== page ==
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Home » Uncategorized » Alcohol sales are increasing, and that’s a concern

Alcohol sales are increasing, and that’s a concern


by Edward M.Rubin, Chair of the Unified Prevention Coalition

This article is part of the Unified Prevention Coalition for Doña Ana County’s bi-monthly guest column in the Las Cruces Sun-News. Visit their site to learn more.

Saturday, June 6, 2020; Las Cruces, NM: Since the COVID-19 pandemic began, alcohol sales across the United States have surged. In many states, alcohol outlets have been designated as essential businesses and sales of alcohol have increased by 55 percent by the end of March when we were all urged to stay at home according to Newsweek. In New Mexico, liquor stores have not been considered as essential; however, alcohol has been readily available in many other outlets, such as supermarkets and gas stations.

The World Health Organization has specifically warned about alcohol use during the COVID-19 pandemic. WHO advised that alcohol consumption during emergencies can intensify health vulnerabilities, risk-taking behavior, violence and mental health and substance abuse issues.

For many of us, this is the most stressful period we have ever experienced. Anxiety or depression is heightened for many people as they worry about COVID-19, and the social isolation and distancing from family, friends and support networks, not being able to work, economic uncertainty and being stuck in the house for too long. These factors may contribute to people self-medicating with alcohol or to fill their time by drinking out of boredom. Adding to this concern is the fact that alcohol increases risks of conflict and domestic violence. Also, people who drink, smoke or use other substances may already have impaired immune systems, which increases their risk of infection by COVID-19.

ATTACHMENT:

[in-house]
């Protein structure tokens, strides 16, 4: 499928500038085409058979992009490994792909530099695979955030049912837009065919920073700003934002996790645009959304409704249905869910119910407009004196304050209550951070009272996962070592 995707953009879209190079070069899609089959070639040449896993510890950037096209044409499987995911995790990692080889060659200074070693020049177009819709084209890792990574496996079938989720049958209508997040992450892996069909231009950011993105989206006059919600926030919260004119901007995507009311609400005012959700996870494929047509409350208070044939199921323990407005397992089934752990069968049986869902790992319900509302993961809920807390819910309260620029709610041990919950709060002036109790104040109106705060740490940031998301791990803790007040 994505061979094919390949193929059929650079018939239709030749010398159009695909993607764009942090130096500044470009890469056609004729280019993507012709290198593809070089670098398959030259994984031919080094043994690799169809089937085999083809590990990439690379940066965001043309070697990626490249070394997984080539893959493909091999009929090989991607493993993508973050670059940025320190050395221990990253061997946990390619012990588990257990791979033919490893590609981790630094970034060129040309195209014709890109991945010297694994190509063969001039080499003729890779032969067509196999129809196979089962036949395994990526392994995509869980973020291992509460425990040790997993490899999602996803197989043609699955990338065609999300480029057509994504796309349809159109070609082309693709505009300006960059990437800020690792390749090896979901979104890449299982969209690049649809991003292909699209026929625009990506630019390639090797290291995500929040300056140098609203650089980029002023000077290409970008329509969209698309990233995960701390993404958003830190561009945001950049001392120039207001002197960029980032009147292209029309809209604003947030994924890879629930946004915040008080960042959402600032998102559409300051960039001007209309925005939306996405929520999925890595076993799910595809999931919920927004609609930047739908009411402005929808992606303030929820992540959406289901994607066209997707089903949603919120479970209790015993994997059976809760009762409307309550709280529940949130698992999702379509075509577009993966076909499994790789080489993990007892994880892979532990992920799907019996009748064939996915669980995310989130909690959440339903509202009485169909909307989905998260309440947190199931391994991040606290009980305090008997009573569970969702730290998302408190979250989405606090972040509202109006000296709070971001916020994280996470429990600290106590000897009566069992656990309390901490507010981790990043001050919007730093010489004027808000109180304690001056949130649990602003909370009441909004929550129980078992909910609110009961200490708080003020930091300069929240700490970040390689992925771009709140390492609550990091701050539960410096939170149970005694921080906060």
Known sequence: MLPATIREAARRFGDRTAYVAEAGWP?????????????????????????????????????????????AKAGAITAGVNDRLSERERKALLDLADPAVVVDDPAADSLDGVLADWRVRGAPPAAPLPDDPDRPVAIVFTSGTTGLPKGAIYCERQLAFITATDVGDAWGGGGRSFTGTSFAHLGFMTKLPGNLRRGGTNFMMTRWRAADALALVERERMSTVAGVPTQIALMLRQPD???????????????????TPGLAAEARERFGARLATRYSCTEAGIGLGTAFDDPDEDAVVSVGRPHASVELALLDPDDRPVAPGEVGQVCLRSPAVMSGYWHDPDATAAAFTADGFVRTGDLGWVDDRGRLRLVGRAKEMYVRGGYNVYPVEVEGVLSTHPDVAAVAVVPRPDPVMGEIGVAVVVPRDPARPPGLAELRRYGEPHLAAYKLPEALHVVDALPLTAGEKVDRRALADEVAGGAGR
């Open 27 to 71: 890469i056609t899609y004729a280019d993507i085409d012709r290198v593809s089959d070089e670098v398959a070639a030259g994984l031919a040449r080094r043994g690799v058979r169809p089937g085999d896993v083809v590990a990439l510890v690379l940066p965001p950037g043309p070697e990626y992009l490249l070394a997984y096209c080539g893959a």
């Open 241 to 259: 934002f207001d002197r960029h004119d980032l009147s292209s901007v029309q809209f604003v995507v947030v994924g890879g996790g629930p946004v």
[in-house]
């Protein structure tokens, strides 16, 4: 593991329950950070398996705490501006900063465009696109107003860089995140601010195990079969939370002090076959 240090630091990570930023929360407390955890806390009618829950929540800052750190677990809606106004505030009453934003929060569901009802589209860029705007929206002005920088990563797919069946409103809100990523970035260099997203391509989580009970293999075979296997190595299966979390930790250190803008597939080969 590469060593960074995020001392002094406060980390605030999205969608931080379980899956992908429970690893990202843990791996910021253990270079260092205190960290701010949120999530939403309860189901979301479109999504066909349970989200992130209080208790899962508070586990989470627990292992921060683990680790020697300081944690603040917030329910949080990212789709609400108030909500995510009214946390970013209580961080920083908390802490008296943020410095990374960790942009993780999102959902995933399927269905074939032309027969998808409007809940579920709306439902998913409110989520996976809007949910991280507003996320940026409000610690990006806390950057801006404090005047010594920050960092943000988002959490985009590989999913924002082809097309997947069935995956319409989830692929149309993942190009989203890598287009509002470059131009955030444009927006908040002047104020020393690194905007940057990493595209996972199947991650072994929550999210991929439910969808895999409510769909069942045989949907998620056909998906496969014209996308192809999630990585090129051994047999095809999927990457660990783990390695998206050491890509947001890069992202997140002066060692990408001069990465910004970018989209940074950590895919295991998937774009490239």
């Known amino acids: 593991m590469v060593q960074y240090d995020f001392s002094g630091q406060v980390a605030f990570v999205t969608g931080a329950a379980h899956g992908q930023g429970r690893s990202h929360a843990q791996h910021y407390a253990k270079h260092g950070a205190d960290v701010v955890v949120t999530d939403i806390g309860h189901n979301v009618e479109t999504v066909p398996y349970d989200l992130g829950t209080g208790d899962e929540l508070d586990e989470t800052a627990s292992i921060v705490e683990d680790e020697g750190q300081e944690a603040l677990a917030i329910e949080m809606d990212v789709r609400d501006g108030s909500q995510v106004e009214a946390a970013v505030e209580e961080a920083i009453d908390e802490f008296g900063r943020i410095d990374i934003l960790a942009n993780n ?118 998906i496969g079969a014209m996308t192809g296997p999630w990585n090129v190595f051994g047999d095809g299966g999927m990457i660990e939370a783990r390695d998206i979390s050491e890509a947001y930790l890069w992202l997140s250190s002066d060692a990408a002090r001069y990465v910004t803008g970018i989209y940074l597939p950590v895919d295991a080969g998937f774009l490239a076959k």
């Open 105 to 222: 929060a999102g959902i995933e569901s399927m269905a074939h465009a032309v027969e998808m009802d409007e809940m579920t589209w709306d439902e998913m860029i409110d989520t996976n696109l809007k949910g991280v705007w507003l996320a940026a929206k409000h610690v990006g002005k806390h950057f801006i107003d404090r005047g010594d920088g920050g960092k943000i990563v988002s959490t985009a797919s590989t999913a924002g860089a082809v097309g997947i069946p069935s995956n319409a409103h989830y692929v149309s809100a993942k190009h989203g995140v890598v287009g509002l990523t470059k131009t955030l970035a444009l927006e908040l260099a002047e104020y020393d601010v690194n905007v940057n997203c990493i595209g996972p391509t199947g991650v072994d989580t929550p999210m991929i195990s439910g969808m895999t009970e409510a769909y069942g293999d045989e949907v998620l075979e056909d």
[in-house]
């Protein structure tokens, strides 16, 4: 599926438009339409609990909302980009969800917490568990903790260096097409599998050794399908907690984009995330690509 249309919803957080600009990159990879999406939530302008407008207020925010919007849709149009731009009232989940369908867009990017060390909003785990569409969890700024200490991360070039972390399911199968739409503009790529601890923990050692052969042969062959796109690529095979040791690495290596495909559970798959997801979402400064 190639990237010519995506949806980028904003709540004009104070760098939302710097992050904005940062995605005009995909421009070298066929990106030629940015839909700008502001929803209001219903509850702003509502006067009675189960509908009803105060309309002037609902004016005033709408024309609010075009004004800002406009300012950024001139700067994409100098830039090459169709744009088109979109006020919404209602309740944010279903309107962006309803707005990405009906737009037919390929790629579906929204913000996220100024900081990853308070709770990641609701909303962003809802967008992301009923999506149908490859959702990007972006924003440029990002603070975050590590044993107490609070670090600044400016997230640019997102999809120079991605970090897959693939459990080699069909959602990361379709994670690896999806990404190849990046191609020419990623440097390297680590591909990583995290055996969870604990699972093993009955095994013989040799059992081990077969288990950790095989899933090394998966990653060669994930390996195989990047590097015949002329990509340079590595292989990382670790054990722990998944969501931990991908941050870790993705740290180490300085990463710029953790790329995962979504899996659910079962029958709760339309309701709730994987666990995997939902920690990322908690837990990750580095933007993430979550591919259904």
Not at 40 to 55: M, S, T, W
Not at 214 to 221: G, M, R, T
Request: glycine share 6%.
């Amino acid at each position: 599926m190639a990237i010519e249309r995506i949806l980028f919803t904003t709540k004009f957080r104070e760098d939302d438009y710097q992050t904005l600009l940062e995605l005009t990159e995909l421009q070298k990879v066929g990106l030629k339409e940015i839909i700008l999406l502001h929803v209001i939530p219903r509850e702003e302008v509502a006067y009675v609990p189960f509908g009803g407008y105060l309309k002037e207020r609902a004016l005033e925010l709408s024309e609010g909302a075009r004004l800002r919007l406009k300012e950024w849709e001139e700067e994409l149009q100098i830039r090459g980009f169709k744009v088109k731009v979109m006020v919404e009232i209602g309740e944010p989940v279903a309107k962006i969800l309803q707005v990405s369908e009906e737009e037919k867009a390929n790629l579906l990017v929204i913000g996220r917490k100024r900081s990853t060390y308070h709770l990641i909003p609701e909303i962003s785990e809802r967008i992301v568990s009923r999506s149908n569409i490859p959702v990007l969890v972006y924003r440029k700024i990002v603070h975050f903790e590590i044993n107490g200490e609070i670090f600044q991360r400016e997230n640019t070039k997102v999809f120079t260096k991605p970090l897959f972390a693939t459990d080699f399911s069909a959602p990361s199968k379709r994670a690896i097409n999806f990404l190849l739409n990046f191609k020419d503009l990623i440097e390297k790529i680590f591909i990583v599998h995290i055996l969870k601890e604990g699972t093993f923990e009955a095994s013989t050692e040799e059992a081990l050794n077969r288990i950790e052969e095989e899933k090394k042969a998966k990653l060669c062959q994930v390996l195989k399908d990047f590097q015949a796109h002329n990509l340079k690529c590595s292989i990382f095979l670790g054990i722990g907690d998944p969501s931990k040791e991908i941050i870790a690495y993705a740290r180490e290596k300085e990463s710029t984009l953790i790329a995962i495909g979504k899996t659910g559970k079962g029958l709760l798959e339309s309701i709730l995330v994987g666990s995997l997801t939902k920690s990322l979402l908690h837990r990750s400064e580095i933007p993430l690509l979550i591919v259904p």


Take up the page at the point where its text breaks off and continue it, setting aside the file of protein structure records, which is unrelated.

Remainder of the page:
Over time, alcohol impairs the body’s immune function and especially the lungs’ ability to combat infection.

The Unified Prevention Coalition of Doña Ana County (UP!) encourages people to limit their alcohol consumption as one step that can be taken to stay healthy. Also never provide alcohol to those under the age of 21, the legal drinking age in the United States.

In addition to the steps individuals can take, there are measures cities and municipalities can take to reduce potential alcohol-related harms by limiting the hours and days of alcohol sales and limiting the amount of alcohol that can be purchased at one time.

The U.S. Department of Health and Human Services Taskforce on Community Prevention Services advises that if cities take steps to reduce alcohol availability, they could prevent excessive alcohol use and mitigate the multitude of related harms.

UP! Coalition recently completed mapping alcohol outlet density and its impact on crime in Las Cruces. The resulting report and its recommendations are now available for download at our website. The New Mexico Community Data Collaborative has the resulting maps of the study available for the public to access online, and tutorial videos on how to navigate the maps available on YouTube.

Taking advantage of this opportunity to provide sensible limits on alcohol sales will protect the public from a potential surge in alcohol-related violence, as well as reduce the likelihood of the myriad of other potential physical and mental health issues that could arise.

For information on UP! Coalition, the Alcohol Density Report or the resulting maps of Las Cruces’ alcohol outlets and crime visit our website.

For information on UP! contact Alyssa Myrick at 575-597-0042 or email or follow the Unified Prevention Coalition for Doña Ana County on Facebook

This column is made available by the Unified Prevention (UP!) Coalition for Doña Ana County, a program of the Center for Health Innovation. Edward M.Rubin, PsyD., is chair of the Unified Prevention Coalition.